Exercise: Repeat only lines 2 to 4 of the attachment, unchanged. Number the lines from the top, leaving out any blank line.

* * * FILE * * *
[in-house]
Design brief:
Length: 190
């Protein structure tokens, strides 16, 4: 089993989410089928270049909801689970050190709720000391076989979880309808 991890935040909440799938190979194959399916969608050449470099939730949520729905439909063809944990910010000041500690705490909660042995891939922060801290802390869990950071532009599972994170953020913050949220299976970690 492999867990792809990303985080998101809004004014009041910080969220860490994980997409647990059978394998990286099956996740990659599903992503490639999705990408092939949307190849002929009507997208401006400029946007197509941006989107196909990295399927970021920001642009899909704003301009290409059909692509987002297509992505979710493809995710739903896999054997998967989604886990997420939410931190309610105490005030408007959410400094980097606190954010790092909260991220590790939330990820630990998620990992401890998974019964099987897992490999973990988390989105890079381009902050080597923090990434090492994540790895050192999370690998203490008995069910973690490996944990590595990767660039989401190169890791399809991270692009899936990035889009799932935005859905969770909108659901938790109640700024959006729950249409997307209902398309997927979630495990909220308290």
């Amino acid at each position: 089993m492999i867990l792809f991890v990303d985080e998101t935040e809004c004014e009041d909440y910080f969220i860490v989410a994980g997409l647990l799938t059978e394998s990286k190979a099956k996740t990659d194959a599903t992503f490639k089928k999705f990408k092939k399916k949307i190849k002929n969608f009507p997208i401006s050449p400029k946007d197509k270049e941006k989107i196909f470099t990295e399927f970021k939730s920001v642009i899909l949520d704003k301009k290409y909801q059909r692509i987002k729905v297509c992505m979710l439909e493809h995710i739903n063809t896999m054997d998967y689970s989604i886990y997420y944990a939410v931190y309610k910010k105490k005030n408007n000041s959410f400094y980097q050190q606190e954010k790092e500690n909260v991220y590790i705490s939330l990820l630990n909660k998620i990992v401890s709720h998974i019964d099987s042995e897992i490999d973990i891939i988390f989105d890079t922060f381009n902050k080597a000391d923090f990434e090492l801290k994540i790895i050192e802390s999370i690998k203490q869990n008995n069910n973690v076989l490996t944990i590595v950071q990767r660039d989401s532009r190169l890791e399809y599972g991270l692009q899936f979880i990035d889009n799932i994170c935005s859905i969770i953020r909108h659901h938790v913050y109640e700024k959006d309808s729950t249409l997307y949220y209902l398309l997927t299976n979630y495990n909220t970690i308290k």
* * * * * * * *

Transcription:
Design brief:
Length: 190
């Protein structure tokens, strides 16, 4: 089993989410089928270049909801689970050190709720000391076989979880309808 991890935040909440799938190979194959399916969608050449470099939730949520729905439909063809944990910010000041500690705490909660042995891939922060801290802390869990950071532009599972994170953020913050949220299976970690 492999867990792809990303985080998101809004004014009041910080969220860490994980997409647990059978394998990286099956996740990659599903992503490639999705990408092939949307190849002929009507997208401006400029946007197509941006989107196909990295399927970021920001642009899909704003301009290409059909692509987002297509992505979710493809995710739903896999054997998967989604886990997420939410931190309610105490005030408007959410400094980097606190954010790092909260991220590790939330990820630990998620990992401890998974019964099987897992490999973990988390989105890079381009902050080597923090990434090492994540790895050192999370690998203490008995069910973690490996944990590595990767660039989401190169890791399809991270692009899936990035889009799932935005859905969770909108659901938790109640700024959006729950249409997307209902398309997927979630495990909220308290």